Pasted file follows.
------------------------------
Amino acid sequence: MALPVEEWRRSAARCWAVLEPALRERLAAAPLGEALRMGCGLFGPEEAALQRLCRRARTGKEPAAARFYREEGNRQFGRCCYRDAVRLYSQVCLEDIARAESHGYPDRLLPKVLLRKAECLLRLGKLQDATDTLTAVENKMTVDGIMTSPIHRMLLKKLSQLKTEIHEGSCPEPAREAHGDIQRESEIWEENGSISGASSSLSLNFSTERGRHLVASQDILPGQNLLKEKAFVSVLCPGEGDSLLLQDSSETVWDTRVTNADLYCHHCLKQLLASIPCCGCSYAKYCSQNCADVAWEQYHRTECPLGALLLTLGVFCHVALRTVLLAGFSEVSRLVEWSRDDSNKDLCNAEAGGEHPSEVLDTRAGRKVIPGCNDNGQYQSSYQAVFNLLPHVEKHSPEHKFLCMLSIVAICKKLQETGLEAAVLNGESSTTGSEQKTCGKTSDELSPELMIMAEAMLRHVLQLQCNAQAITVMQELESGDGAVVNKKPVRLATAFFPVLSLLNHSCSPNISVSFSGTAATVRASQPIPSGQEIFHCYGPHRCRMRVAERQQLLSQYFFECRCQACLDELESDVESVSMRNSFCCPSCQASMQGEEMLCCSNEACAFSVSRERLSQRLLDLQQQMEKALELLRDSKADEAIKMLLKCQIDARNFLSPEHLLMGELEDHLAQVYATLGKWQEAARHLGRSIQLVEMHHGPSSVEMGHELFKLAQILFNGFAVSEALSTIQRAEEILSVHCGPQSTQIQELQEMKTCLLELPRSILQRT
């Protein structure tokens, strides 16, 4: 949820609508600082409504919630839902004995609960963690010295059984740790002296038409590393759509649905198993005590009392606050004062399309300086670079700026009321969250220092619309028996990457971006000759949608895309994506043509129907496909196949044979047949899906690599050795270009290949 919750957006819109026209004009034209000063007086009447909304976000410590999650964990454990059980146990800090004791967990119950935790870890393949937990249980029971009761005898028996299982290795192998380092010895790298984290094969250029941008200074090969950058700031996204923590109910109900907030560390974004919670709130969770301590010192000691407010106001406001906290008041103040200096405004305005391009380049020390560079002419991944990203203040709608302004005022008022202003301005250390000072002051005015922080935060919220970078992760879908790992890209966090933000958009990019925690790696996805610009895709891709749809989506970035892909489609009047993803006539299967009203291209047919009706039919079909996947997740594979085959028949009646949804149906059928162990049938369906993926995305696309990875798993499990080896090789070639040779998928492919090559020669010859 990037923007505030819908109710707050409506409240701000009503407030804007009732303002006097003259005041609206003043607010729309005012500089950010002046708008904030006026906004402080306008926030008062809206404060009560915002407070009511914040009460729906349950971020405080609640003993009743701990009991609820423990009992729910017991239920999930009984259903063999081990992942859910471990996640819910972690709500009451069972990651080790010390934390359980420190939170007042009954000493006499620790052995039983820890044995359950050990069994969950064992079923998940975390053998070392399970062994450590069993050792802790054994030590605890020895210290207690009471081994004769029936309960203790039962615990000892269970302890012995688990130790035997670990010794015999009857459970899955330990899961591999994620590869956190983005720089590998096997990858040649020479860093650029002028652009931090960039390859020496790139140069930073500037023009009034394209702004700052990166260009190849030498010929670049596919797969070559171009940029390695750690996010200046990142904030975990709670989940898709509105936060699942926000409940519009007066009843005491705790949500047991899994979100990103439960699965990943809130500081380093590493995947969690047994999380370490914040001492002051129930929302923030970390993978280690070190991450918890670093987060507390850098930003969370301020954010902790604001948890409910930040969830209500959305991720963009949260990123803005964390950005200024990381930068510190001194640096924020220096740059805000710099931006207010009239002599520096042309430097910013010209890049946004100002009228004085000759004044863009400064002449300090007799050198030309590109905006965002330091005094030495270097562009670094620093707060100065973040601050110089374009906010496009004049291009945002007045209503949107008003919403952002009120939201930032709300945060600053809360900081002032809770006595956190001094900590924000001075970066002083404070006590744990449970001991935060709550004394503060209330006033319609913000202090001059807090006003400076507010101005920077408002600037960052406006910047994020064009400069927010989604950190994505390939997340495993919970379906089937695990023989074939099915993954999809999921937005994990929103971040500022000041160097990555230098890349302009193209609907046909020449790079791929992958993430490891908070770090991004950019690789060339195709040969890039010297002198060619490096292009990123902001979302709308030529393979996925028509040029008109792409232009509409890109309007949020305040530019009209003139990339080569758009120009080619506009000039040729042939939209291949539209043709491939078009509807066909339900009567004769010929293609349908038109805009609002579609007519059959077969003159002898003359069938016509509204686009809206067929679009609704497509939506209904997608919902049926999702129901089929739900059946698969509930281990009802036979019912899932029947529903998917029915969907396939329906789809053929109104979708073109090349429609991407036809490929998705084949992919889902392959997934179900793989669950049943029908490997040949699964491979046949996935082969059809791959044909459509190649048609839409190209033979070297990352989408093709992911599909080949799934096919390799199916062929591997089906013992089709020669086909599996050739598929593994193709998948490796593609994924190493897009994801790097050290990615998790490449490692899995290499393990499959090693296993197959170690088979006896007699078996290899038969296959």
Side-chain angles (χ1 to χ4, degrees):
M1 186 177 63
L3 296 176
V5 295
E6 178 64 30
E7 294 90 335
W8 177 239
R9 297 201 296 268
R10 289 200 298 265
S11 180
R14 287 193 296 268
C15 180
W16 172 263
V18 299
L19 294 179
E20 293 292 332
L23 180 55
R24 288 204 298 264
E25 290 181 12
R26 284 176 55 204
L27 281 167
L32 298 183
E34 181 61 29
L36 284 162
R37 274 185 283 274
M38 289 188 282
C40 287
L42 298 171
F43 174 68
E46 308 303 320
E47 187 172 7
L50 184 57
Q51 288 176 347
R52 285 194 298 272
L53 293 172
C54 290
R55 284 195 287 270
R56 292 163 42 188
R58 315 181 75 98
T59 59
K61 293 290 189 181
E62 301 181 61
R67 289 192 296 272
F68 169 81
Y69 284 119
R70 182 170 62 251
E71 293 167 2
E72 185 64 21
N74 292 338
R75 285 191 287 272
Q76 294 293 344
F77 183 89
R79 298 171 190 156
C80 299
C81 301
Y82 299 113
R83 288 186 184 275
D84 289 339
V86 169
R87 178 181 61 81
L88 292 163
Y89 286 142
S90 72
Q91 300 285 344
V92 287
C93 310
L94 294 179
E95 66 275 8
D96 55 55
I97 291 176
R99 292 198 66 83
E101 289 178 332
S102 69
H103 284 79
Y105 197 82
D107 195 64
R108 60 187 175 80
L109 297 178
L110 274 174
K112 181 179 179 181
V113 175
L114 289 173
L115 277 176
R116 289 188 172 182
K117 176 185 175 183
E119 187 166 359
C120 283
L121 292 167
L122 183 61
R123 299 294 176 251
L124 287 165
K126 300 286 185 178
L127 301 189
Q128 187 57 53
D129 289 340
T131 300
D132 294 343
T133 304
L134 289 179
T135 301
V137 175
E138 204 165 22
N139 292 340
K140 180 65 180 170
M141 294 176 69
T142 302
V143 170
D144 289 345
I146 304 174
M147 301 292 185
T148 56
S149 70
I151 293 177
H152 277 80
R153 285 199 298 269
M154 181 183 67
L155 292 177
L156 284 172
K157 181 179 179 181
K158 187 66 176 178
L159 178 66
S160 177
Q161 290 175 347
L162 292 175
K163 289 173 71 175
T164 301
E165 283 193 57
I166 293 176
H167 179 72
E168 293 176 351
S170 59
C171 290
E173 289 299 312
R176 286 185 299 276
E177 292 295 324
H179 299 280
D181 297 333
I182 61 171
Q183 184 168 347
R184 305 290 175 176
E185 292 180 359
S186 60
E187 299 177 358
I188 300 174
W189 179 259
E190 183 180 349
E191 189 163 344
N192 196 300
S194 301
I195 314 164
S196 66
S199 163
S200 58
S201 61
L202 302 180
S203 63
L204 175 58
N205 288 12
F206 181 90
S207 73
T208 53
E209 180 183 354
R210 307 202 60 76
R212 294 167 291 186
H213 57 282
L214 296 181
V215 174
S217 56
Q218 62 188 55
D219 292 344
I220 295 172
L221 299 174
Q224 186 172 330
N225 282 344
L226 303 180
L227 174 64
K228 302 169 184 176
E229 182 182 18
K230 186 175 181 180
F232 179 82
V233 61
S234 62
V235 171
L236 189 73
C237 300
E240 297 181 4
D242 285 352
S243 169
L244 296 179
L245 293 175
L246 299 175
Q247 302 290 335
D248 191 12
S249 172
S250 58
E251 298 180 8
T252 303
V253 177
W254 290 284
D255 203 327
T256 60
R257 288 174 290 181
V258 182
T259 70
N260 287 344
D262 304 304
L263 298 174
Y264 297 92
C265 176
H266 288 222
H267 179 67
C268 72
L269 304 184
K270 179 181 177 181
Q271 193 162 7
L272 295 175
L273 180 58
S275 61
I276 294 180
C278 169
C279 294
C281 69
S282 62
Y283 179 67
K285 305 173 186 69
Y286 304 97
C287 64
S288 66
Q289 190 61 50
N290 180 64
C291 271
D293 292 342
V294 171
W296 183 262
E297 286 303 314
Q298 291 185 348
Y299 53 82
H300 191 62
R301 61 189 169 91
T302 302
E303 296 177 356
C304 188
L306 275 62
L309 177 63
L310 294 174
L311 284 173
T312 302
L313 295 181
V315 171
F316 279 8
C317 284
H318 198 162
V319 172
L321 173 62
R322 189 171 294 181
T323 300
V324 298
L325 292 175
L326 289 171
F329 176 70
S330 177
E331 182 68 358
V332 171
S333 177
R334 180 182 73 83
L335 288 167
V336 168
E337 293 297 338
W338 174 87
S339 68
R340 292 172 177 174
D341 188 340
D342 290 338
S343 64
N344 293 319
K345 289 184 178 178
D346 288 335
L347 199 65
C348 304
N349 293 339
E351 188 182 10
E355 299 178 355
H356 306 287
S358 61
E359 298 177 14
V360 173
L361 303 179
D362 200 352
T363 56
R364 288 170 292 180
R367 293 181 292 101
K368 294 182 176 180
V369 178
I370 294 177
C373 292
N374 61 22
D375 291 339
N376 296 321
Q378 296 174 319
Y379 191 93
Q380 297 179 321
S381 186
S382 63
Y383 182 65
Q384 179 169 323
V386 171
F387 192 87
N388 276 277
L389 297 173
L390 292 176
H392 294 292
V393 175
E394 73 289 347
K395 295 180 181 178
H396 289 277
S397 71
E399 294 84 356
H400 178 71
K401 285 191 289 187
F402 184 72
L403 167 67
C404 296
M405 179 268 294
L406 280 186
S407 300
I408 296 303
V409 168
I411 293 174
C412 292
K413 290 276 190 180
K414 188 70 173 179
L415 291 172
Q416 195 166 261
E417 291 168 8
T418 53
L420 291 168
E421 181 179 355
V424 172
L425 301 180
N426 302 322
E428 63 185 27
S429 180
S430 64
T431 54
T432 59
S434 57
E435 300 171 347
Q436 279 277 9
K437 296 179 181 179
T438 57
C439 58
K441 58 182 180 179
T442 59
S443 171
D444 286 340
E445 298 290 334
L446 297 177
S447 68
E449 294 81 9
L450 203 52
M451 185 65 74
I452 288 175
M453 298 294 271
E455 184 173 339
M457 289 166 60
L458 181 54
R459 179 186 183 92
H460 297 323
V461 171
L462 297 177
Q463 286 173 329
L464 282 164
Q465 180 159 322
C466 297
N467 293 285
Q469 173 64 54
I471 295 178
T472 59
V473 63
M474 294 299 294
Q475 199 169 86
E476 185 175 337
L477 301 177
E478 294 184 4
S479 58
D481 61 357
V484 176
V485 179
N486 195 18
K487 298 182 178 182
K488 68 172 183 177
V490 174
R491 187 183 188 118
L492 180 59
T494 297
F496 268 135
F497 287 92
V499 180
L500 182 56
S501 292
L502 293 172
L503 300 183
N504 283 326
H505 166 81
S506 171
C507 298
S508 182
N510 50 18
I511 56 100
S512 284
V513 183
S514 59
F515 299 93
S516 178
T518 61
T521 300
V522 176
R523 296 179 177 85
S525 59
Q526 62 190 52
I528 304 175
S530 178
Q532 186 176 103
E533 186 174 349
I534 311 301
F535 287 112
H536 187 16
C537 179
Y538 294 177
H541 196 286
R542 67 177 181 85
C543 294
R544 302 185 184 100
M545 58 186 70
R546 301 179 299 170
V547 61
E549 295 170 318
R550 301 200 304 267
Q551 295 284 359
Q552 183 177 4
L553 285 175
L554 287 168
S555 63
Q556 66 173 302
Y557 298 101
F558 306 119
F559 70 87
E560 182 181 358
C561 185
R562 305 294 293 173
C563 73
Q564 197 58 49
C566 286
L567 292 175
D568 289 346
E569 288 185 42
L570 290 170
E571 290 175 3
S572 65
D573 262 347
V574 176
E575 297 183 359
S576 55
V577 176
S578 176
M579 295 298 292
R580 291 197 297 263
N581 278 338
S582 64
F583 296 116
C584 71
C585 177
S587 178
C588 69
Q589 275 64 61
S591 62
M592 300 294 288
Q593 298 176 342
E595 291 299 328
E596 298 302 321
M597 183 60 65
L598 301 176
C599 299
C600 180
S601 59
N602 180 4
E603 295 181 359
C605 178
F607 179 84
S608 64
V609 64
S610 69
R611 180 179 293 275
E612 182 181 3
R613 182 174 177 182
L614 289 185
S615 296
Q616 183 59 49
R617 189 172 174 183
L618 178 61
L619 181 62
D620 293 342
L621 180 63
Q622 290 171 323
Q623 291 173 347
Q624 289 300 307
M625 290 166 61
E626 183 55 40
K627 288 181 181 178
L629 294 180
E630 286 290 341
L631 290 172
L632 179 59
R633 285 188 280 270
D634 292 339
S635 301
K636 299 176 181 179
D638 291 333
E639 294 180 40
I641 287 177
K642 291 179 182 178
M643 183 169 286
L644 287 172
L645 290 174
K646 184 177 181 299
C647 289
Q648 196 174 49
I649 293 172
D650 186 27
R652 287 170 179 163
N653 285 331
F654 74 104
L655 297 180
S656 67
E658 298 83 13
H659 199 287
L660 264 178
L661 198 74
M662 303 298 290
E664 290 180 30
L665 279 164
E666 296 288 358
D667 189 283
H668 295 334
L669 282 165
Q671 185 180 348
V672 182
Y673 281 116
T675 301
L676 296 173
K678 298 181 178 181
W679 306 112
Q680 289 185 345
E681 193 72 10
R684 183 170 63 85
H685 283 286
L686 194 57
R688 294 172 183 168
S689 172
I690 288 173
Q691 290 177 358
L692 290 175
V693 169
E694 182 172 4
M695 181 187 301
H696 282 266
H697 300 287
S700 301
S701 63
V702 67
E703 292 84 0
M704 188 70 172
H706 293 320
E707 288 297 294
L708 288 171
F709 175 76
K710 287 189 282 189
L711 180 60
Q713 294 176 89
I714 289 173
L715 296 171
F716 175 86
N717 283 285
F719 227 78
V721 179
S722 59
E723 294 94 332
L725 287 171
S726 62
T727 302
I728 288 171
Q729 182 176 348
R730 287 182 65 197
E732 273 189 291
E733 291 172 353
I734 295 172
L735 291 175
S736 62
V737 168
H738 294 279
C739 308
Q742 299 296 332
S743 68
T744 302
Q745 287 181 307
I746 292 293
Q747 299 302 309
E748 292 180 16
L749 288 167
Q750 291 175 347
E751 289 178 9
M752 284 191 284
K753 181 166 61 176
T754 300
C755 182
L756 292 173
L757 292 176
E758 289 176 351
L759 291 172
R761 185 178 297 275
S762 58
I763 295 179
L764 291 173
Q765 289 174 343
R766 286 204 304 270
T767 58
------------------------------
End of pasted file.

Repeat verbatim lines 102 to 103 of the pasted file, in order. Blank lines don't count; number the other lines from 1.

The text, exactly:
T135 301
V137 175